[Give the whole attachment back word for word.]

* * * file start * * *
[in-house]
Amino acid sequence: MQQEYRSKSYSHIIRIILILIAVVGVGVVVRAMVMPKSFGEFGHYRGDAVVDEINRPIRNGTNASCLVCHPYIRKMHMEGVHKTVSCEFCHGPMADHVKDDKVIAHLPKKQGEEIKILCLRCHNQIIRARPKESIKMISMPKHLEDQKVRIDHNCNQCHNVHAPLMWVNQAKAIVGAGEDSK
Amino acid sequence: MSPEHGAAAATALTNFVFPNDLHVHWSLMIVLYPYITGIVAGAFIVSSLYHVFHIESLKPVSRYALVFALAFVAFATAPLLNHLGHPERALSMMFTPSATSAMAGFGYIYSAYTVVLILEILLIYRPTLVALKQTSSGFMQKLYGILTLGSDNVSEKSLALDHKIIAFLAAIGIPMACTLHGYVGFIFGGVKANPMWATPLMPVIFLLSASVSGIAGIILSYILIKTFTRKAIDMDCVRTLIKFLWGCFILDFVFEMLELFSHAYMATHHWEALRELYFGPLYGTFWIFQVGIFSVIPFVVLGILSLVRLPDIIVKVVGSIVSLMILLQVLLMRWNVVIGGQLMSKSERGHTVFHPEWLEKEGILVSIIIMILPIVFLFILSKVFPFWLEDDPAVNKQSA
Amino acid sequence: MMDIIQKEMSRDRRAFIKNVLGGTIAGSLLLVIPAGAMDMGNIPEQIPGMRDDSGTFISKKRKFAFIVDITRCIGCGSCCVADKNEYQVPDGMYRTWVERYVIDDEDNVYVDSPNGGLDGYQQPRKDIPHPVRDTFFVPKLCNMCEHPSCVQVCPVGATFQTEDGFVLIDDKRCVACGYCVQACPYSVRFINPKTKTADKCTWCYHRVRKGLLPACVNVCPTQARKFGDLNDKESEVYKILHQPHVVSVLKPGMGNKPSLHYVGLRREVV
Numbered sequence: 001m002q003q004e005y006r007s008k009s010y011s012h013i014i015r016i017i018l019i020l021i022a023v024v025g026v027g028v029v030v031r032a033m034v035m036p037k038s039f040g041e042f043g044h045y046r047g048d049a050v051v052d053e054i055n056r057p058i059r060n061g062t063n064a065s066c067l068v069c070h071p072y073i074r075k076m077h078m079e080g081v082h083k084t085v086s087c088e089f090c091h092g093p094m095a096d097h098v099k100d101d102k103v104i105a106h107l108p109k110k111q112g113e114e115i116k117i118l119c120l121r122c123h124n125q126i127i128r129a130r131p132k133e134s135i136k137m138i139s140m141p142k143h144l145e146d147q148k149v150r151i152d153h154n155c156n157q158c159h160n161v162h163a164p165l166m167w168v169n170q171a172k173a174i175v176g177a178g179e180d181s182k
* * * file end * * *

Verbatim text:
[in-house]
Amino acid sequence: MQQEYRSKSYSHIIRIILILIAVVGVGVVVRAMVMPKSFGEFGHYRGDAVVDEINRPIRNGTNASCLVCHPYIRKMHMEGVHKTVSCEFCHGPMADHVKDDKVIAHLPKKQGEEIKILCLRCHNQIIRARPKESIKMISMPKHLEDQKVRIDHNCNQCHNVHAPLMWVNQAKAIVGAGEDSK
Amino acid sequence: MSPEHGAAAATALTNFVFPNDLHVHWSLMIVLYPYITGIVAGAFIVSSLYHVFHIESLKPVSRYALVFALAFVAFATAPLLNHLGHPERALSMMFTPSATSAMAGFGYIYSAYTVVLILEILLIYRPTLVALKQTSSGFMQKLYGILTLGSDNVSEKSLALDHKIIAFLAAIGIPMACTLHGYVGFIFGGVKANPMWATPLMPVIFLLSASVSGIAGIILSYILIKTFTRKAIDMDCVRTLIKFLWGCFILDFVFEMLELFSHAYMATHHWEALRELYFGPLYGTFWIFQVGIFSVIPFVVLGILSLVRLPDIIVKVVGSIVSLMILLQVLLMRWNVVIGGQLMSKSERGHTVFHPEWLEKEGILVSIIIMILPIVFLFILSKVFPFWLEDDPAVNKQSA
Amino acid sequence: MMDIIQKEMSRDRRAFIKNVLGGTIAGSLLLVIPAGAMDMGNIPEQIPGMRDDSGTFISKKRKFAFIVDITRCIGCGSCCVADKNEYQVPDGMYRTWVERYVIDDEDNVYVDSPNGGLDGYQQPRKDIPHPVRDTFFVPKLCNMCEHPSCVQVCPVGATFQTEDGFVLIDDKRCVACGYCVQACPYSVRFINPKTKTADKCTWCYHRVRKGLLPACVNVCPTQARKFGDLNDKESEVYKILHQPHVVSVLKPGMGNKPSLHYVGLRREVV
Numbered sequence: 001m002q003q004e005y006r007s008k009s010y011s012h013i014i015r016i017i018l019i020l021i022a023v024v025g026v027g028v029v030v031r032a033m034v035m036p037k038s039f040g041e042f043g044h045y046r047g048d049a050v051v052d053e054i055n056r057p058i059r060n061g062t063n064a065s066c067l068v069c070h071p072y073i074r075k076m077h078m079e080g081v082h083k084t085v086s087c088e089f090c091h092g093p094m095a096d097h098v099k100d101d102k103v104i105a106h107l108p109k110k111q112g113e114e115i116k117i118l119c120l121r122c123h124n125q126i127i128r129a130r131p132k133e134s135i136k137m138i139s140m141p142k143h144l145e146d147q148k149v150r151i152d153h154n155c156n157q158c159h160n161v162h163a164p165l166m167w168v169n170q171a172k173a174i175v176g177a178g179e180d181s182k